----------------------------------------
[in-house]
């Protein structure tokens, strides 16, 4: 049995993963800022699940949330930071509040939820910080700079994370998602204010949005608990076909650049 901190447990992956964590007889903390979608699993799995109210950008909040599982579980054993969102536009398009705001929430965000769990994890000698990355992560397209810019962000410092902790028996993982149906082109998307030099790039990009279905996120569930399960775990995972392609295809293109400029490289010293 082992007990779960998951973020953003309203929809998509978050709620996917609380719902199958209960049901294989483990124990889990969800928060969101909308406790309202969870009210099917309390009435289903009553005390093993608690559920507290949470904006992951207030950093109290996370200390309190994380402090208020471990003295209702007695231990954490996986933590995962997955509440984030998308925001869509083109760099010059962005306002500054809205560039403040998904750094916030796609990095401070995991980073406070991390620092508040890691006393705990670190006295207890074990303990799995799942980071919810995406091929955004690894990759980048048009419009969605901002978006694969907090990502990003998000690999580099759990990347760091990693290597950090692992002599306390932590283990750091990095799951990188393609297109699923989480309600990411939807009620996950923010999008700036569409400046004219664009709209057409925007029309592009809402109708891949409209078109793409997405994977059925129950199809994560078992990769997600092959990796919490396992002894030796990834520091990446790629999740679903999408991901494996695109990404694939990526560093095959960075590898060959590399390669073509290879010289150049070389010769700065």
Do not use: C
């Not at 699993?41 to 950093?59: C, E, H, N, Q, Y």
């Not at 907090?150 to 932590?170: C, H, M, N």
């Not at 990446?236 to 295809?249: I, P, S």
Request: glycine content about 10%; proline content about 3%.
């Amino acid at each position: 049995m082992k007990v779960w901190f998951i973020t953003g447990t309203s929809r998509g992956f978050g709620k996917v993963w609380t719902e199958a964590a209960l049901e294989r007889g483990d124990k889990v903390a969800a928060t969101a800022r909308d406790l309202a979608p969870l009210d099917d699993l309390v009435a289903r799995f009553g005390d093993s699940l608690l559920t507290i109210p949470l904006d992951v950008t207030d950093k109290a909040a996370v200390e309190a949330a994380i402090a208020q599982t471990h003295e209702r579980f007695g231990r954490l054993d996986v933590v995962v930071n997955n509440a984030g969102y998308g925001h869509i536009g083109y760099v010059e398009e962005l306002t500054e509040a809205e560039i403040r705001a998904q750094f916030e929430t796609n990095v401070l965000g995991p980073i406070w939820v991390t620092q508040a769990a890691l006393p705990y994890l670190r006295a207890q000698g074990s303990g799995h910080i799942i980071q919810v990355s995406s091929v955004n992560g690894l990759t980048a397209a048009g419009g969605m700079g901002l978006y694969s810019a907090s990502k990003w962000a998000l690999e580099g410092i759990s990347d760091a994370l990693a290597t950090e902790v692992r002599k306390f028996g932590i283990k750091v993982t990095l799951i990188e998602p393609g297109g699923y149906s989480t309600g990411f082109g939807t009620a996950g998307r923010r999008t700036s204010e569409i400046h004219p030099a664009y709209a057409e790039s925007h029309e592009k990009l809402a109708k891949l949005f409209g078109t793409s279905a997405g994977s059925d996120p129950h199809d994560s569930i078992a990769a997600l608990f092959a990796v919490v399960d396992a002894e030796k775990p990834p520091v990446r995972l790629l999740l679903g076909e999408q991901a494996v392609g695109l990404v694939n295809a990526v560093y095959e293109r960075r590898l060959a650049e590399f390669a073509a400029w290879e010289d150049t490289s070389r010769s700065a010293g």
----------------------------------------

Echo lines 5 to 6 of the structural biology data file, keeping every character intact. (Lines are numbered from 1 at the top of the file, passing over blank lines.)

């Not at 907090?150 to 932590?170: C, H, M, N």
């Not at 990446?236 to 295809?249: I, P, S």